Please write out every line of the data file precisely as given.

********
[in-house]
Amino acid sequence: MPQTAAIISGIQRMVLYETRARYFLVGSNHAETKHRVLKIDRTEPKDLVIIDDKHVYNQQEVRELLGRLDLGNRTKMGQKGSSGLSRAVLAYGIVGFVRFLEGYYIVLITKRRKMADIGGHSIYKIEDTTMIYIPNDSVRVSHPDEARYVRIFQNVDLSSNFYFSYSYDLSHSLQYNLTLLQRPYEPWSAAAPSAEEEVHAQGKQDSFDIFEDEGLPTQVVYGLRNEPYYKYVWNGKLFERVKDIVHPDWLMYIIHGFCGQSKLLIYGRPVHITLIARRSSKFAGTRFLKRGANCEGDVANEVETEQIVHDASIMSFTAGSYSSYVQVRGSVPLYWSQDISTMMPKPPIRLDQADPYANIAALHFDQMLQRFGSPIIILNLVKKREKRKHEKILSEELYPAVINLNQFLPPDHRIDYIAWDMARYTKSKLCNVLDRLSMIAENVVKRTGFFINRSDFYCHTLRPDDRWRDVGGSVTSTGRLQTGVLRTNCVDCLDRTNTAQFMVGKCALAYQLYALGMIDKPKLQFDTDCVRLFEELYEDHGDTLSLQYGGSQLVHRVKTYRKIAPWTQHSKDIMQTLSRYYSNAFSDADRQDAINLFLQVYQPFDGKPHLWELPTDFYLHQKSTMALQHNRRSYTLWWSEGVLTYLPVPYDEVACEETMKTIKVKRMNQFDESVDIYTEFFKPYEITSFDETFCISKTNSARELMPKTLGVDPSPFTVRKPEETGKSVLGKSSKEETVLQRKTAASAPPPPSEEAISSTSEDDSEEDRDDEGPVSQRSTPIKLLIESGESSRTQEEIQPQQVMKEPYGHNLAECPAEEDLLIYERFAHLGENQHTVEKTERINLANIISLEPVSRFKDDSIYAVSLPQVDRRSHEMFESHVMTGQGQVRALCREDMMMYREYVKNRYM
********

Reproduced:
[in-house]
Amino acid sequence: MPQTAAIISGIQRMVLYETRARYFLVGSNHAETKHRVLKIDRTEPKDLVIIDDKHVYNQQEVRELLGRLDLGNRTKMGQKGSSGLSRAVLAYGIVGFVRFLEGYYIVLITKRRKMADIGGHSIYKIEDTTMIYIPNDSVRVSHPDEARYVRIFQNVDLSSNFYFSYSYDLSHSLQYNLTLLQRPYEPWSAAAPSAEEEVHAQGKQDSFDIFEDEGLPTQVVYGLRNEPYYKYVWNGKLFERVKDIVHPDWLMYIIHGFCGQSKLLIYGRPVHITLIARRSSKFAGTRFLKRGANCEGDVANEVETEQIVHDASIMSFTAGSYSSYVQVRGSVPLYWSQDISTMMPKPPIRLDQADPYANIAALHFDQMLQRFGSPIIILNLVKKREKRKHEKILSEELYPAVINLNQFLPPDHRIDYIAWDMARYTKSKLCNVLDRLSMIAENVVKRTGFFINRSDFYCHTLRPDDRWRDVGGSVTSTGRLQTGVLRTNCVDCLDRTNTAQFMVGKCALAYQLYALGMIDKPKLQFDTDCVRLFEELYEDHGDTLSLQYGGSQLVHRVKTYRKIAPWTQHSKDIMQTLSRYYSNAFSDADRQDAINLFLQVYQPFDGKPHLWELPTDFYLHQKSTMALQHNRRSYTLWWSEGVLTYLPVPYDEVACEETMKTIKVKRMNQFDESVDIYTEFFKPYEITSFDETFCISKTNSARELMPKTLGVDPSPFTVRKPEETGKSVLGKSSKEETVLQRKTAASAPPPPSEEAISSTSEDDSEEDRDDEGPVSQRSTPIKLLIESGESSRTQEEIQPQQVMKEPYGHNLAECPAEEDLLIYERFAHLGENQHTVEKTERINLANIISLEPVSRFKDDSIYAVSLPQVDRRSHEMFESHVMTGQGQVRALCREDMMMYREYVKNRYM